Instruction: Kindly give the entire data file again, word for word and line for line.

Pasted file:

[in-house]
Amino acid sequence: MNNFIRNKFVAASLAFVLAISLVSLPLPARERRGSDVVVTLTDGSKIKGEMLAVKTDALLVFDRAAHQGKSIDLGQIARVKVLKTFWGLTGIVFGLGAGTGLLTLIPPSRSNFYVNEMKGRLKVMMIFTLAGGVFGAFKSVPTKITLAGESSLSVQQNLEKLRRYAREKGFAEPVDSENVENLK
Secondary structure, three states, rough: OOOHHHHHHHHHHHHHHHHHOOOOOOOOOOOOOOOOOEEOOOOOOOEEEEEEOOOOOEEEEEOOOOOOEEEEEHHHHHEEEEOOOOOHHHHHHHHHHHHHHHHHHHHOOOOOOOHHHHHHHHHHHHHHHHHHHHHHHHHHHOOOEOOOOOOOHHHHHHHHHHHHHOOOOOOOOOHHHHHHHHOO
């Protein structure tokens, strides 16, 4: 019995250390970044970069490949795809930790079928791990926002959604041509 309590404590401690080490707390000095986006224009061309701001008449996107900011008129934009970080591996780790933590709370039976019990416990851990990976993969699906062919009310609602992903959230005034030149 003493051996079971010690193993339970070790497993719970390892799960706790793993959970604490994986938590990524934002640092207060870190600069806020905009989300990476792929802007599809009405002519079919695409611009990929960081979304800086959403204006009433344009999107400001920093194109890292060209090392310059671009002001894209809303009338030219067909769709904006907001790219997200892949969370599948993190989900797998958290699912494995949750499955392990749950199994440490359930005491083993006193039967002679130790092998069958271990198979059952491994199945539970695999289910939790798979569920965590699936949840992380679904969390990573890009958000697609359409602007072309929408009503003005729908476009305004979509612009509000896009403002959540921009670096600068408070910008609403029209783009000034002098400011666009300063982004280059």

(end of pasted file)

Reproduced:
[in-house]
Amino acid sequence: MNNFIRNKFVAASLAFVLAISLVSLPLPARERRGSDVVVTLTDGSKIKGEMLAVKTDALLVFDRAAHQGKSIDLGQIARVKVLKTFWGLTGIVFGLGAGTGLLTLIPPSRSNFYVNEMKGRLKVMMIFTLAGGVFGAFKSVPTKITLAGESSLSVQQNLEKLRRYAREKGFAEPVDSENVENLK
Secondary structure, three states, rough: OOOHHHHHHHHHHHHHHHHHOOOOOOOOOOOOOOOOOEEOOOOOOOEEEEEEOOOOOEEEEEOOOOOOEEEEEHHHHHEEEEOOOOOHHHHHHHHHHHHHHHHHHHHOOOOOOOHHHHHHHHHHHHHHHHHHHHHHHHHHHOOOEOOOOOOOHHHHHHHHHHHHHOOOOOOOOOHHHHHHHHOO
């Protein structure tokens, strides 16, 4: 019995250390970044970069490949795809930790079928791990926002959604041509 309590404590401690080490707390000095986006224009061309701001008449996107900011008129934009970080591996780790933590709370039976019990416990851990990976993969699906062919009310609602992903959230005034030149 003493051996079971010690193993339970070790497993719970390892799960706790793993959970604490994986938590990524934002640092207060870190600069806020905009989300990476792929802007599809009405002519079919695409611009990929960081979304800086959403204006009433344009999107400001920093194109890292060209090392310059671009002001894209809303009338030219067909769709904006907001790219997200892949969370599948993190989900797998958290699912494995949750499955392990749950199994440490359930005491083993006193039967002679130790092998069958271990198979059952491994199945539970695999289910939790798979569920965590699936949840992380679904969390990573890009958000697609359409602007072309929408009503003005729908476009305004979509612009509000896009403002959540921009670096600068408070910008609403029209783009000034002098400011666009300063982004280059």